Most of us understand that the U.S. has made inadequate investments in transit and the transit workforce for decades—even the Bipartisan Infrastructure Bill has maintained the old 80-20 funding split with the big money going to highways. In the meantime low-income riders and transit workers have been bearing the brunt of fare hikes, service cuts and shutdowns due to COVID.
Early in the pandemic Move LA began working with the TransitCenter, a foundation that works to improve public transit across the U.S., and then joined the National Campaign for Transit Justice, created in response to COVID and the resulting economic crisis. We wanted to help save transit by advocating for more transit funding in Congress and because LA Metro—like other agencies and their riders and drivers all over the U.S.—was bearing much of the brunt of this crisis.
It's important to remember that the well-being of transit and transit riders, drivers and other workers, helps power the economy, and the success of transit has a serious impact on the future of the planet. The new IPCC report on climate change released this week confirmed, once again, that the planet is warming at an ever increasing pace.
We also began working with the national Labor Network for Sustainability, which is building a powerful labor-environmental-climate movement to "secure an ecologically sustainable and economically just future where everyone can make a living on a living planet."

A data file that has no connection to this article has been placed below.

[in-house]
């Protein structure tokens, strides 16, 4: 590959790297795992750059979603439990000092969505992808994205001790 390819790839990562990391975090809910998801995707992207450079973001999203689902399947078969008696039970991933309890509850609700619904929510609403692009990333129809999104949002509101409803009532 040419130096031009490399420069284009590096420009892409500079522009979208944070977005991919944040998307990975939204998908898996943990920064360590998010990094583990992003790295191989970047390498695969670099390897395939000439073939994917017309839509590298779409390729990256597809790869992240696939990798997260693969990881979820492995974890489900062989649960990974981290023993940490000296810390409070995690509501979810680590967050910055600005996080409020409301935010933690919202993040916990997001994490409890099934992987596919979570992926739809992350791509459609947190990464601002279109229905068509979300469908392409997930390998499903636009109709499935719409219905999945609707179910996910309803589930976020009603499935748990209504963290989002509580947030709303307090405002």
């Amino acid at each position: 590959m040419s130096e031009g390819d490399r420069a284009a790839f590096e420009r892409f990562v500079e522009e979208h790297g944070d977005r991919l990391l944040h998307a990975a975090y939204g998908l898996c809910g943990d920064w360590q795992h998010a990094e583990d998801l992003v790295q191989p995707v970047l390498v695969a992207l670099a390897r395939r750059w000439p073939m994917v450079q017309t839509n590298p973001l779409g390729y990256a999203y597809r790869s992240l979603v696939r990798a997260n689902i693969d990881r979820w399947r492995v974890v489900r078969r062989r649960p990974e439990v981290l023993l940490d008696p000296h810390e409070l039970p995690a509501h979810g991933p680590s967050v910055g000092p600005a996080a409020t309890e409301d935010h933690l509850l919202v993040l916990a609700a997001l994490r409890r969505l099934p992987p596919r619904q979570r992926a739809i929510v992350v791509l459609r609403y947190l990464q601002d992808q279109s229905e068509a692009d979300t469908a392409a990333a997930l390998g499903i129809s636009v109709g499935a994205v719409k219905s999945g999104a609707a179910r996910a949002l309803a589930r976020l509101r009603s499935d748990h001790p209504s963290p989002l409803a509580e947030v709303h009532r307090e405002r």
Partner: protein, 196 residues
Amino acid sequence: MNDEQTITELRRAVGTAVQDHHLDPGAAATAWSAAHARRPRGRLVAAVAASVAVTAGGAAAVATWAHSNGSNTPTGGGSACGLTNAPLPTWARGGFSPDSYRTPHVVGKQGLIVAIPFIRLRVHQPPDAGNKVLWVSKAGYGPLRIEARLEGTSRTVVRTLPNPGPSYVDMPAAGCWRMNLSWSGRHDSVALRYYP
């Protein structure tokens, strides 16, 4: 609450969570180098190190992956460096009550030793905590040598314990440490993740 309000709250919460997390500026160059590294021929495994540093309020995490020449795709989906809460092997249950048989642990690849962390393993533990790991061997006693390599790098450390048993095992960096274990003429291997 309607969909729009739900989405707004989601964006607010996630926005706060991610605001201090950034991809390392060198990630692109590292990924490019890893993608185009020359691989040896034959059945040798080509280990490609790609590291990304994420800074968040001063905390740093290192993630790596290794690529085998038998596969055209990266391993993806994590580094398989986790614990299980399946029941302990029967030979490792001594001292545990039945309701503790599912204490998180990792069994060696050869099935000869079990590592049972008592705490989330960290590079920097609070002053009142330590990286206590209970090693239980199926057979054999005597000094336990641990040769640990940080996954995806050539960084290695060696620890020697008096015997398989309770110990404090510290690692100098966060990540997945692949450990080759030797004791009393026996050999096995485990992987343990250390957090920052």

These organizations believe that abundant transit can unlock freedom of movement, which unlocks access to opportunity. But, as these organizations remind us, good transit is very scarce in the U.S. today, and recent cuts to Metro's transit service prove that as with agencies all across the country, transit is threatened at a time when—because of climate change—we need it the most.
The Labor Network for Sustainability and the TransitCenter together with the Alliance for a Just Society, another organization we've begun working with, released a report on Feb. 4, Transit Justice Day, explaining how inadequate investments in the transit workforce have resulted in service cuts across the country. These investments are urgently needed to boost economic opportunity and racial equity.
The inequities and pollution of a car-centric system requires real fixes. The infrastructure bill can help—depending on how the money is spent. The 80-20 split is problematic, but there are significant amounts of money that states and transit agencies can use for whatever they want.
We believe that car trips must become trips that can instead be made via bus and train and walking and biking. More transit will get more workers to jobs, provide more employer access to the workforce, and more customer access to businesses. Making streets safer for walking and biking and building more housing adjacent to transit in neighborhoods with sidewalks, bike lanes and bus-only lanes is critical.
Move LA and 113 other organizations across the U.S. just sent a letter to President Biden and members of Congress on Feb. 22 asking them to do everything they can to deliver the infrastructure bill's historic investment in our transportation systems and infrastructure—especially the $39 billion earmarked for public transportation. We are concerned because procedural challenges are making it hard to deliver the money that transit agencies so desperately need.
Sadly, we are still a very long way from, as the National Campaign for Transit Justice points out, "achieving funding parity between the automobile and transit." And climate change won't wait.